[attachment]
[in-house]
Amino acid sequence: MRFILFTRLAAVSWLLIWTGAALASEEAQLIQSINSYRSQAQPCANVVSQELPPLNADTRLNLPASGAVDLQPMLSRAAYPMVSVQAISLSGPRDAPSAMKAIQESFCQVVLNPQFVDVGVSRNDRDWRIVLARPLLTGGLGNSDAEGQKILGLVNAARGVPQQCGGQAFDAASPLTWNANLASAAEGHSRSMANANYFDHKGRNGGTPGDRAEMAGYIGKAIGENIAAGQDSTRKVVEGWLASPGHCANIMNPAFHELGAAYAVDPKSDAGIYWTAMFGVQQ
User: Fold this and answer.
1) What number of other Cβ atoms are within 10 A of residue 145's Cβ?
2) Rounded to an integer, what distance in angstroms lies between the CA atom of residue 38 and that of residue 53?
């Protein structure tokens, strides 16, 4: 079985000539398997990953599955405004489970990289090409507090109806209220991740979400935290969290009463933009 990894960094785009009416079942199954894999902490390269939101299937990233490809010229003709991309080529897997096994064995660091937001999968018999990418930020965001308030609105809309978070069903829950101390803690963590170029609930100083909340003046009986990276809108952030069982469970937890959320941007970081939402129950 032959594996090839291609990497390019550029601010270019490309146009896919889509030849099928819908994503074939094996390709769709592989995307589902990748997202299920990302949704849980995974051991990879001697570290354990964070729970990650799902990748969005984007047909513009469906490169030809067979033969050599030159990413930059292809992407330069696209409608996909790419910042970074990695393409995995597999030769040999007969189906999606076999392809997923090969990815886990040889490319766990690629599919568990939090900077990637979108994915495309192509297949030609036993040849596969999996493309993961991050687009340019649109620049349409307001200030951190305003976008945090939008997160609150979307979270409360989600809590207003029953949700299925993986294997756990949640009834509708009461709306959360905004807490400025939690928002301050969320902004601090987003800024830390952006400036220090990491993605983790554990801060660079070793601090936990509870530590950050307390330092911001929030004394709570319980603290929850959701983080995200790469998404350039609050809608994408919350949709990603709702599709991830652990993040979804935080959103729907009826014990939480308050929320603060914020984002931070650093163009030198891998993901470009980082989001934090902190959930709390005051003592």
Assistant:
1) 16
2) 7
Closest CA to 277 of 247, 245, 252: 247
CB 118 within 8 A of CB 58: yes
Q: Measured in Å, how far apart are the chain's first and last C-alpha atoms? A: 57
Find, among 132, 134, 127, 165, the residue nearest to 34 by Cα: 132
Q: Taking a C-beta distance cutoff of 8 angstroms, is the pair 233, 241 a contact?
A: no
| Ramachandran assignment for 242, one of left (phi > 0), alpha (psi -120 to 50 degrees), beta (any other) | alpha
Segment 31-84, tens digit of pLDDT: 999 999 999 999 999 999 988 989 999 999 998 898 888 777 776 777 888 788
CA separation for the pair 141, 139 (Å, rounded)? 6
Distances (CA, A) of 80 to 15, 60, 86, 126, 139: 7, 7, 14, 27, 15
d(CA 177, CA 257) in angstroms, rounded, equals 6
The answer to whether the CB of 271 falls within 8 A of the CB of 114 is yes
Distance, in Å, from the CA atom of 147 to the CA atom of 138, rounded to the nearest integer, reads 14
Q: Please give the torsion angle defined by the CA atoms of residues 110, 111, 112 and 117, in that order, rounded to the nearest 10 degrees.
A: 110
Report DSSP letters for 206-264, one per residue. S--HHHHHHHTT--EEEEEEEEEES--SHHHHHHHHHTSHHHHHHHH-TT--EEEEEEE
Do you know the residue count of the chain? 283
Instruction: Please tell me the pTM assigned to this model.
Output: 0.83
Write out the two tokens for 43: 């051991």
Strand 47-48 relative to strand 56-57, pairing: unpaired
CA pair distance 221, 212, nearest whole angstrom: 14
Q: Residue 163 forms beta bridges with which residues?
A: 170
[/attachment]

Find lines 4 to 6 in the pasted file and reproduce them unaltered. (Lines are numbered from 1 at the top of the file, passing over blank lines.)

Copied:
1) What number of other Cβ atoms are within 10 A of residue 145's Cβ?
2) Rounded to an integer, what distance in angstroms lies between the CA atom of residue 38 and that of residue 53?
């Protein structure tokens, strides 16, 4: 079985000539398997990953599955405004489970990289090409507090109806209220991740979400935290969290009463933009 990894960094785009009416079942199954894999902490390269939101299937990233490809010229003709991309080529897997096994064995660091937001999968018999990418930020965001308030609105809309978070069903829950101390803690963590170029609930100083909340003046009986990276809108952030069982469970937890959320941007970081939402129950 032959594996090839291609990497390019550029601010270019490309146009896919889509030849099928819908994503074939094996390709769709592989995307589902990748997202299920990302949704849980995974051991990879001697570290354990964070729970990650799902990748969005984007047909513009469906490169030809067979033969050599030159990413930059292809992407330069696209409608996909790419910042970074990695393409995995597999030769040999007969189906999606076999392809997923090969990815886990040889490319766990690629599919568990939090900077990637979108994915495309192509297949030609036993040849596969999996493309993961991050687009340019649109620049349409307001200030951190305003976008945090939008997160609150979307979270409360989600809590207003029953949700299925993986294997756990949640009834509708009461709306959360905004807490400025939690928002301050969320902004601090987003800024830390952006400036220090990491993605983790554990801060660079070793601090936990509870530590950050307390330092911001929030004394709570319980603290929850959701983080995200790469998404350039609050809608994408919350949709990603709702599709991830652990993040979804935080959103729907009826014990939480308050929320603060914020984002931070650093163009030198891998993901470009980082989001934090902190959930709390005051003592």